Forget the 2006 Finals.
It’s an easy over-arching storyline to focus on, especially given the fact that it marks both Dallas and Miami’s most recent visit to the NBA’s final showdown and the follow-up to what had been a series marred by referee controversies and a blown 2-0 Mavericks’ lead. But that was five years ago, involving a different Heat squad, different Mavs’ squad and – hopefully – a different calibre of ref competence.
For Miami, the duo of Shaquille O’Neal and Dwyane Wade has been replaced by LeBron James and an older, wiser Wade. Dallas returns just Dirk Nowizki and Jason Terry from the ’06 team (Wade and Udonis Haslem are the lone Heat holdovers) and now boasts greater depth and further veteran presence.
However, here’s the rub: while it may not be about 2006, this year’s series still has everything to do with the past.
James is driven by his close-call failures in Cleveland, as well as nearly 11 months worth of vitriol directed his way from the betrayal of his hometown team. On the other side of the ball, Nowitzki and Kidd have each come within spitting distance of the Larry O’Brien trophy and don’t know when – if ever – that next opportunity may come. As I pointed out this past weekend, these are clubs entering the Finals with a hunger for championship glory that borders on desperation.
Nowitzki has turned that desperation into a playoff performance for the ages. His 48-point effort in Game 1 of the Mavs-Thunder Western Conference Finals (on 12-15 shooting and a 24-24 mark from the charity stripe) was outdone only by his Game 4 showing in which he tallied 40 points, 12 of which came in the final 4:34 of his team’s stunning comeback. A group of OKC defenders that included Nick Collison and Serge Ibaka could not slow the 6’10” German, so now the job falls primarily to the Heat’s Chris Bosh, with Haslem stepping in on occasion.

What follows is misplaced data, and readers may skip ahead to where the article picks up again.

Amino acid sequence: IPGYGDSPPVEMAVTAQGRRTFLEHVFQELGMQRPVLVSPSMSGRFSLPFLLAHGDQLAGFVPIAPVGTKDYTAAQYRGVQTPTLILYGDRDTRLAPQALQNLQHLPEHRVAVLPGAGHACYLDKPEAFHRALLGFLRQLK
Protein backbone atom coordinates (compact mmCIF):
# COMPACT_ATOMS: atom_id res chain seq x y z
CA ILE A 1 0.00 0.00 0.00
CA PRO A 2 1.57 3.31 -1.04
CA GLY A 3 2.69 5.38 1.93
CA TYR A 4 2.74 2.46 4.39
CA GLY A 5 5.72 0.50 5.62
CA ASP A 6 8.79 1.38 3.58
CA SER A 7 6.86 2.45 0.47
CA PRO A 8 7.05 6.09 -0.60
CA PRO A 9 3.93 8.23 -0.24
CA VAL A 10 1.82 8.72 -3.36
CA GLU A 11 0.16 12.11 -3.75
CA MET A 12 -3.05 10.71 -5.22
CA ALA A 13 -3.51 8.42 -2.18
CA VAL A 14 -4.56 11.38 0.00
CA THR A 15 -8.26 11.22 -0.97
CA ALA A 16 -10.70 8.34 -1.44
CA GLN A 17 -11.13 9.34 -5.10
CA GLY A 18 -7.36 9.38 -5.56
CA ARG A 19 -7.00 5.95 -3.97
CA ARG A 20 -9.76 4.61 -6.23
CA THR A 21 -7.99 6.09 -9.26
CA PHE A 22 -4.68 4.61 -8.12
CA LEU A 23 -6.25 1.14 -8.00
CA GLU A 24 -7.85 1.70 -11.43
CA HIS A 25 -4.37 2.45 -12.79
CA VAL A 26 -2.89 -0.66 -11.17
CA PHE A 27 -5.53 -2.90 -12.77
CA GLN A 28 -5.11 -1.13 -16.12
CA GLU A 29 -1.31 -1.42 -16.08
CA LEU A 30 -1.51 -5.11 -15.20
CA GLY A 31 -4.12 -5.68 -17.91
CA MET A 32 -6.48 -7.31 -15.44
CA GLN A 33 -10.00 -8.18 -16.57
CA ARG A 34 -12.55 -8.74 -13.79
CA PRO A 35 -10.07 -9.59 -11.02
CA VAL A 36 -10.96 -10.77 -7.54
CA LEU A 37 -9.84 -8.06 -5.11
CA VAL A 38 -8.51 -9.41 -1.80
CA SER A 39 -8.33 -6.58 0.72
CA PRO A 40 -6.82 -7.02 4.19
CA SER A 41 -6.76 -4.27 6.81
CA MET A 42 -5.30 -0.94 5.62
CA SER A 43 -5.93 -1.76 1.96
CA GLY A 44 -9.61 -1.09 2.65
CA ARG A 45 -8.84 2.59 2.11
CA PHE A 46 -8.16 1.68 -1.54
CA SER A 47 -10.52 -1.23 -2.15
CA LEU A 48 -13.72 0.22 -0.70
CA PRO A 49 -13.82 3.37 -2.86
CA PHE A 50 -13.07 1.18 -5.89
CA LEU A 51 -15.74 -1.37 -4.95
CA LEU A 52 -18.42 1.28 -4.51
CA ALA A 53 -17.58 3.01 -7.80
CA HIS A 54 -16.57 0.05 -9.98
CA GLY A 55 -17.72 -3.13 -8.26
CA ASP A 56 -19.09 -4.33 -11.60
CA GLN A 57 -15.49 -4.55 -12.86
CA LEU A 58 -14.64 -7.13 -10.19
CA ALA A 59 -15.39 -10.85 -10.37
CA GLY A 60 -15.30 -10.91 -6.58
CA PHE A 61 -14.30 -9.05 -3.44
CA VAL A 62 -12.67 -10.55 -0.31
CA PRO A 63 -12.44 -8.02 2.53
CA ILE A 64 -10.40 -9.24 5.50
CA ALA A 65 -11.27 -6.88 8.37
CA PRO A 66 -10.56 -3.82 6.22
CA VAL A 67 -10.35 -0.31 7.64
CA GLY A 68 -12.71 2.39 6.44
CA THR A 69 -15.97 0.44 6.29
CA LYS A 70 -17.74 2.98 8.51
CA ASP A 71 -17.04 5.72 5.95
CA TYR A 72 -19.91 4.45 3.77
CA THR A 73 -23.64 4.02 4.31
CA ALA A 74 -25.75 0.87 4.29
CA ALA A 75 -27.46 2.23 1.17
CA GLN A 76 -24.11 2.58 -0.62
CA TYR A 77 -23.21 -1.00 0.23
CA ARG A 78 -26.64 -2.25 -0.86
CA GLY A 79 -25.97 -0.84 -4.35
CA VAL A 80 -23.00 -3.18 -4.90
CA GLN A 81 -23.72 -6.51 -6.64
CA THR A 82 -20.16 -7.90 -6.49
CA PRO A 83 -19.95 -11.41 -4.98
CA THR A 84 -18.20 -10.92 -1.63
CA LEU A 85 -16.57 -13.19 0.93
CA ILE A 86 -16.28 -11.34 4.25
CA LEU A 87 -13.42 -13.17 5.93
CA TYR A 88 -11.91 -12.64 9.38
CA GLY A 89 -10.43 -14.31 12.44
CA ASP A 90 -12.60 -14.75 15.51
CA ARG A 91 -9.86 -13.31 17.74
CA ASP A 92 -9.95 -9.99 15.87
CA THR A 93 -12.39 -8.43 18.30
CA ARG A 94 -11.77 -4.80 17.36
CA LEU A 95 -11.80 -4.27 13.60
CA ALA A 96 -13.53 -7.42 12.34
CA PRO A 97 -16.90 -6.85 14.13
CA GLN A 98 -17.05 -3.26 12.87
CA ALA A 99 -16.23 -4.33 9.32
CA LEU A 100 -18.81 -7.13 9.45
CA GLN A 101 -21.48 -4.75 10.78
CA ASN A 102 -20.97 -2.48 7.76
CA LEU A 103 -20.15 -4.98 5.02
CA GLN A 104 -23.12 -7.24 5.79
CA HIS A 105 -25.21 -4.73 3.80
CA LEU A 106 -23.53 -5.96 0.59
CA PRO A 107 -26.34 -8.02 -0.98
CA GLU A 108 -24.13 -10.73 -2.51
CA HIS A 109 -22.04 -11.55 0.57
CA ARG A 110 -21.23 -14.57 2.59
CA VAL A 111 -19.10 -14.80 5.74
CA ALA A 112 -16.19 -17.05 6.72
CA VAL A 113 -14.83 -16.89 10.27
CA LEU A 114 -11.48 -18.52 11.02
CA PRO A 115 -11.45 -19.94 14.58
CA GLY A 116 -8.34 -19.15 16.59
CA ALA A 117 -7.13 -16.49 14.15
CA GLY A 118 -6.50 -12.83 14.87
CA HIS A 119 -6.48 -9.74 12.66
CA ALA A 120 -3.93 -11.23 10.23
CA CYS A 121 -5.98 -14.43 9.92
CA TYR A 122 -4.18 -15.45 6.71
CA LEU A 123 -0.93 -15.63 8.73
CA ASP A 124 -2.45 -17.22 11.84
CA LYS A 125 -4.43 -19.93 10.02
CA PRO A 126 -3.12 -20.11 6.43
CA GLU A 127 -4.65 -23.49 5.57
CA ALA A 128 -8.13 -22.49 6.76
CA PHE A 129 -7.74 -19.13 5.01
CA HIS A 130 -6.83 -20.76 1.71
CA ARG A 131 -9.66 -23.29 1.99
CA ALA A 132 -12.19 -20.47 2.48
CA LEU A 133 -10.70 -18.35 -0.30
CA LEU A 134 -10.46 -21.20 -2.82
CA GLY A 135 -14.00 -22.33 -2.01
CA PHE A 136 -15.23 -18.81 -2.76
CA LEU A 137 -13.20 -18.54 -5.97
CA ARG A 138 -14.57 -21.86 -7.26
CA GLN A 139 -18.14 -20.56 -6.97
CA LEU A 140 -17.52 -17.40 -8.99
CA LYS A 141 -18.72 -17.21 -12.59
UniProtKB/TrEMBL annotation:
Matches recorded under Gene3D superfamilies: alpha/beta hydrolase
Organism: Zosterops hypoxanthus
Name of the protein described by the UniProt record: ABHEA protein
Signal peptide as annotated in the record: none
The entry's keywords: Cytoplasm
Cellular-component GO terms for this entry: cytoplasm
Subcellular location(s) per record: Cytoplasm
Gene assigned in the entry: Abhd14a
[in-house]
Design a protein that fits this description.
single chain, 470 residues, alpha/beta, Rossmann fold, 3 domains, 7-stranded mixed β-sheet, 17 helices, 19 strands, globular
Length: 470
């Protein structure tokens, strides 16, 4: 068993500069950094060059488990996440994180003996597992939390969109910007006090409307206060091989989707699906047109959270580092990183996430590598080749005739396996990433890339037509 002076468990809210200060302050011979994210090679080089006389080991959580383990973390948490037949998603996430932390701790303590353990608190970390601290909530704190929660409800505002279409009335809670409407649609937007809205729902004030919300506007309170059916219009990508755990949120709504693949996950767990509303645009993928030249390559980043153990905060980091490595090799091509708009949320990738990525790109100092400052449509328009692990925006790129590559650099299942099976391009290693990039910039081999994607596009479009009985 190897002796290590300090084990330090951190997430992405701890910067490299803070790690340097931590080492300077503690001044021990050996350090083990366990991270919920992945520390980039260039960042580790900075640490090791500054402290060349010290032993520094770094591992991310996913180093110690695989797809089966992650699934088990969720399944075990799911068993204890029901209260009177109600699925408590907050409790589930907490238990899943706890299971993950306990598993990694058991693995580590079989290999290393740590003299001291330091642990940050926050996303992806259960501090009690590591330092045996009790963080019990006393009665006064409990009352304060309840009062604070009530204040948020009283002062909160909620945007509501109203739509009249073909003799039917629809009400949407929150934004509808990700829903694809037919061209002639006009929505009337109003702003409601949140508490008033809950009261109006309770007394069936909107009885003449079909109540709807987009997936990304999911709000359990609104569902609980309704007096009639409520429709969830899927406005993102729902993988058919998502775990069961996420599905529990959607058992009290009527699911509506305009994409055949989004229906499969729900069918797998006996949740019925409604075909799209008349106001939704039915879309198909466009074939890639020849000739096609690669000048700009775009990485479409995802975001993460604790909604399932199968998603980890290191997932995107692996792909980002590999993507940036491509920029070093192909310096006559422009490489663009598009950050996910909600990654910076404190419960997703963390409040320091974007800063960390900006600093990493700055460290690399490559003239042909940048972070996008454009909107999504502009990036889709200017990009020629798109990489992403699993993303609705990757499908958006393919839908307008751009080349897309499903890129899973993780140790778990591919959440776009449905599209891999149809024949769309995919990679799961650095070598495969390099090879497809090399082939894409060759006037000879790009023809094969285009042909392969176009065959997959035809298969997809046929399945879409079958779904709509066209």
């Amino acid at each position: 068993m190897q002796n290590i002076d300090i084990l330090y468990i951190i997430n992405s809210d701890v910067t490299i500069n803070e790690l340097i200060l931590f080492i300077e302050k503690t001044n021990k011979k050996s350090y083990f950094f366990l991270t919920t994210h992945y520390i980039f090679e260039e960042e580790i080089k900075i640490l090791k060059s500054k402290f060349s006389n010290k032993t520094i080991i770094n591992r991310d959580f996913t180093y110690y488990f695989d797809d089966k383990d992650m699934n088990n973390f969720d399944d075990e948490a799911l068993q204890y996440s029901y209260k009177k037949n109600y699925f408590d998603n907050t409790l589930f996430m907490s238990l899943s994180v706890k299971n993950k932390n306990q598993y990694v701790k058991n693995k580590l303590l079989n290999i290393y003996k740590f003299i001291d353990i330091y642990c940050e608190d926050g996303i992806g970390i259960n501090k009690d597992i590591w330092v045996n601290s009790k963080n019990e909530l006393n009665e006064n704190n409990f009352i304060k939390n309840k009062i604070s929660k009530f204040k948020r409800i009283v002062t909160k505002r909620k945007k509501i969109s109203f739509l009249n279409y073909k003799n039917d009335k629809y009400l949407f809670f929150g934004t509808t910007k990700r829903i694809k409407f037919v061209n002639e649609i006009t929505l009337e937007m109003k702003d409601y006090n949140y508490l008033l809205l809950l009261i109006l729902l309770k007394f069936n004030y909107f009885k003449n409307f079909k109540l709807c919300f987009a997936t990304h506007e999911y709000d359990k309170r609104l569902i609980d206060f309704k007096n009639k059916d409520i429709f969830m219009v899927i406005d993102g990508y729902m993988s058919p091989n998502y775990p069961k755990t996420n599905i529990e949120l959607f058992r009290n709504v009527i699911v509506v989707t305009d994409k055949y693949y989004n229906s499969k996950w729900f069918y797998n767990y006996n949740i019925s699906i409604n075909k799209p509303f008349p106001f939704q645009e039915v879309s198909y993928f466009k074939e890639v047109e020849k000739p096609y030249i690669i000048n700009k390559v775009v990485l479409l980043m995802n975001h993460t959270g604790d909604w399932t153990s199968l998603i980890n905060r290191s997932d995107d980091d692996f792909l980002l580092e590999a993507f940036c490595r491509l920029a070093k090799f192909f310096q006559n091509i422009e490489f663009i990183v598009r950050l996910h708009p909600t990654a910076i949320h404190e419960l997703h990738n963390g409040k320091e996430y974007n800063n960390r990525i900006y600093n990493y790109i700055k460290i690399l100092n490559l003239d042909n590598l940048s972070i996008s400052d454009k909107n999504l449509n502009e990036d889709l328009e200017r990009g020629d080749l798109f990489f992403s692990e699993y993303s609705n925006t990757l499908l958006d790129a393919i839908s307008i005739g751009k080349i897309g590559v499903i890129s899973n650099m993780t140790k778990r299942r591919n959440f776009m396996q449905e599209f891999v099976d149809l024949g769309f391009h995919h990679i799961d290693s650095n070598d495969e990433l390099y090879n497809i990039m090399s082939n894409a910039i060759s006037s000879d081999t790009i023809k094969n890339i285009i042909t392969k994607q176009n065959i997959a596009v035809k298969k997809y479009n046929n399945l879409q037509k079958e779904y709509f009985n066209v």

For James, it has been a largely therapeutic trek through the postseason thus far. He and his Heat teammates have toppled Philadelphia, whose fans were among the league’s most vocal against the King, then dispatched Boston, the team against whom he came unhinged during last year’s postseason, then put away Chicago, who had been a rumoured free agent pursuer of James and Wade and were led by league MVP Derrick Rose. But the only true satisfaction will come in a trophy-raising that remains four wins away.
Interestingly, long-time LeBron rival DeShawn Stevenson (well, I suppose no moreso than the Globetrotters and Generals are rivals) will get a share of the defensive assignment, along with Terry, Shawn Marion and possibly Corey Brewer.
That being said, it’s going to be the other guys who decide this one. The Mavs will need to offer up some kind of consistent offensive support for their franchise leader. Nowitzki’s 28.4 points per game are over 11 higher than his next closest teammate’s scoring average (Terry, 17.3), with Marion and Peja Stojakovic being among the most underwhelming players offensively.
Conversely, Miami also has issues in scoring depth which have been diminished in light of some explosive scoring performances from the Big Three (yes, even Bosh). Now, it isn’t Bosh but Wade – and his wonky shoulder – that is under the microscope. He’ll need to be better than his Game 5 output (21 points on 6-13 shooting, including one field goal and six turnovers in the first half) in the Eastern Finals, a showing that raised serious questions about his health. Having five days between series will help, but that’s an awful lot of pressure to place upon a guy whose spent so much of his NBA life banged up.
Nowitzki and James are the headline names here, but basketball is a team game and the NBA title will come down to just that – who is the better team.
Prediction: Heat in six